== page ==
Pottery production at Fort Hill (27CH85) a seventeenth-century refugee community in northern New England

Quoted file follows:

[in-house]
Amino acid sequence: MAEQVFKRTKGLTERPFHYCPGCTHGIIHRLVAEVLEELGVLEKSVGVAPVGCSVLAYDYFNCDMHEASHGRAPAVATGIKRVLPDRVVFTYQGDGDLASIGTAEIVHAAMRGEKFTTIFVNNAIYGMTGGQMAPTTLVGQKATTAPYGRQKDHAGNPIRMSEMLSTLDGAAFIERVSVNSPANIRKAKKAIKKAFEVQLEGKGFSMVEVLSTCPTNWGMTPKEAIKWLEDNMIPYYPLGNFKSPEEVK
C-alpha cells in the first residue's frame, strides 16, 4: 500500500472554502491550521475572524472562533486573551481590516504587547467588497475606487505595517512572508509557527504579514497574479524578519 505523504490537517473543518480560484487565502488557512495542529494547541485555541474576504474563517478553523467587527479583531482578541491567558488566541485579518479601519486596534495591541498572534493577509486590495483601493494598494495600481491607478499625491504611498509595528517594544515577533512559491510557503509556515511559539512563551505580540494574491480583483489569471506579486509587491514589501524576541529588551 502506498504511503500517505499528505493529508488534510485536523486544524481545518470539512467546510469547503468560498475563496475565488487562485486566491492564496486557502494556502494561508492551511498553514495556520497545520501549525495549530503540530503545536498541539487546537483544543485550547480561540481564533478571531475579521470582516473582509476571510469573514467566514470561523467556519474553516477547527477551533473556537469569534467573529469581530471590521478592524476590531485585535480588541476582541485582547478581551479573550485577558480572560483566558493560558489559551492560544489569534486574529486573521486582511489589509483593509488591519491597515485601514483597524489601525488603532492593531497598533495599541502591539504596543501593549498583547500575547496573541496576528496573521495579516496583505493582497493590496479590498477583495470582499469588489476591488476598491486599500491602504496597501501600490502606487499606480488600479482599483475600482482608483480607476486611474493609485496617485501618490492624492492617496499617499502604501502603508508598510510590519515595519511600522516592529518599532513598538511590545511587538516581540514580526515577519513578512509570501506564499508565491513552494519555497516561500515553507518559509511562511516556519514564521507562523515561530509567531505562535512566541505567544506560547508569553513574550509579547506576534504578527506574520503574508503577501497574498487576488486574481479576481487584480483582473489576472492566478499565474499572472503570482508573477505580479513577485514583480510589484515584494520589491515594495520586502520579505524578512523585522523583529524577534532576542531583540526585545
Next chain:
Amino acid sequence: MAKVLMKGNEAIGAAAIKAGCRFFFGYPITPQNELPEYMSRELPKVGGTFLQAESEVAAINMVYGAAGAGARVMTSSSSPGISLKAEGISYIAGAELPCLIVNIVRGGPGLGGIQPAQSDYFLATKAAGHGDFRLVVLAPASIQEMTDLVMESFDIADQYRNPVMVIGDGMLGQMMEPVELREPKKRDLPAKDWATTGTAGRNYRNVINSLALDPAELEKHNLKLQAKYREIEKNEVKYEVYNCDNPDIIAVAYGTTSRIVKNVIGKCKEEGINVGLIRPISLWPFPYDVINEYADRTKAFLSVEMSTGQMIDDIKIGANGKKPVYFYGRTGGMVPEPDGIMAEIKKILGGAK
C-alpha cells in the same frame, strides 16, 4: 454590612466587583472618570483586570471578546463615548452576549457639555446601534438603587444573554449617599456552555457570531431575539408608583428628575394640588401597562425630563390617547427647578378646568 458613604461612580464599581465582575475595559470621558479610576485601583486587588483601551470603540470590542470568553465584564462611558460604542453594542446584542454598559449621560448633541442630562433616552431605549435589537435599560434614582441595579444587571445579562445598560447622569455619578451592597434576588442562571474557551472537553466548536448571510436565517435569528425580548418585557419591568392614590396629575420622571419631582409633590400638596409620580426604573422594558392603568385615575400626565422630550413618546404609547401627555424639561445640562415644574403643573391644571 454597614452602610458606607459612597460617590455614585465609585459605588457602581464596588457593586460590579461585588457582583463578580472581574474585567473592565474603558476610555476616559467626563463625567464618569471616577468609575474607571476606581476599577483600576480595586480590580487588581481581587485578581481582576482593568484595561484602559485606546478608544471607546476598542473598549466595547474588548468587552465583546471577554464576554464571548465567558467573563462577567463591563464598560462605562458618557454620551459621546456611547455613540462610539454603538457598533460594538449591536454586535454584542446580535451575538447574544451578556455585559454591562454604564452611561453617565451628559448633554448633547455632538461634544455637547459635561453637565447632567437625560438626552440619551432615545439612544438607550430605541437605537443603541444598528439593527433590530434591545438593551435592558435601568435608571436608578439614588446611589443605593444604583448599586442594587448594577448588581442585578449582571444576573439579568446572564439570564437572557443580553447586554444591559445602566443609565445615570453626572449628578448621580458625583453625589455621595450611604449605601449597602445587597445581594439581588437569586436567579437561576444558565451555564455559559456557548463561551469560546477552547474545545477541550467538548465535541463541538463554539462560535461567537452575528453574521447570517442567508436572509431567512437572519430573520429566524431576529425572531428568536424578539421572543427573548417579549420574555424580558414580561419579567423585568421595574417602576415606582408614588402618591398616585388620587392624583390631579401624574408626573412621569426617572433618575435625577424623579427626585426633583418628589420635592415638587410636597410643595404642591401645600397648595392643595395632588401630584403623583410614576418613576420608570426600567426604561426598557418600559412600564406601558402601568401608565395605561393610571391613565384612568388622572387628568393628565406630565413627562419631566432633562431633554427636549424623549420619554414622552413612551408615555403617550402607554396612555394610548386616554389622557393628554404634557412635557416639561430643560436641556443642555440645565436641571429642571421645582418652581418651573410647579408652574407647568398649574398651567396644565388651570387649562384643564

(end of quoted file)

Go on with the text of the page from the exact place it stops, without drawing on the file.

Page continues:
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[ACCESS RESTRICTED TO THE UNIVERSITY OF MISSOURI AT REQUEST OF AUTHOR.] This thesis formulates a model for explaining stylistic, functional, and compositional diversity in ceramic artifacts produced during the contact period (A.D. 1590-1700) of northern New England. The seventeenth century saw dramatic increases in internecine warfare among New England's indigenous populations and with European colonists. Additionally, introductions of epidemic and endemic disease decimated the native population by well over half within less than 100 years. Individuals and families responded to the rapid social change of this time by fleeing high-stress areas and joining communities perceived to be more stable. A model for detecting this refugee movement is proposed and evaluated using a sample of archaeological pottery from Fort Hill (27CH85), in Hinsdale, New Hampshire. Hypotheses comprising this model propose that amalgamations of refugees may be detectable within the archaeological record through the appearance of greater diversity in stylistic elements and decreased variability in functional traits. Analyses of the Fort Hill assemblage support the hypothesis that multiple ethnic groups were present at Fort Hill, despite the fact that European chroniclers used a single tribal name to refer to the Native Americans who lived at the site. These findings suggest that archaeologists and anthropologists must consider that social groups mentioned in historical accounts were actually comprised of multiple ethnic groups, and that the material record of contact period Native Americans may reflect processes of cultural amalgamation of small groups of refugees rather than stable communities of unified ethnic affiliation.
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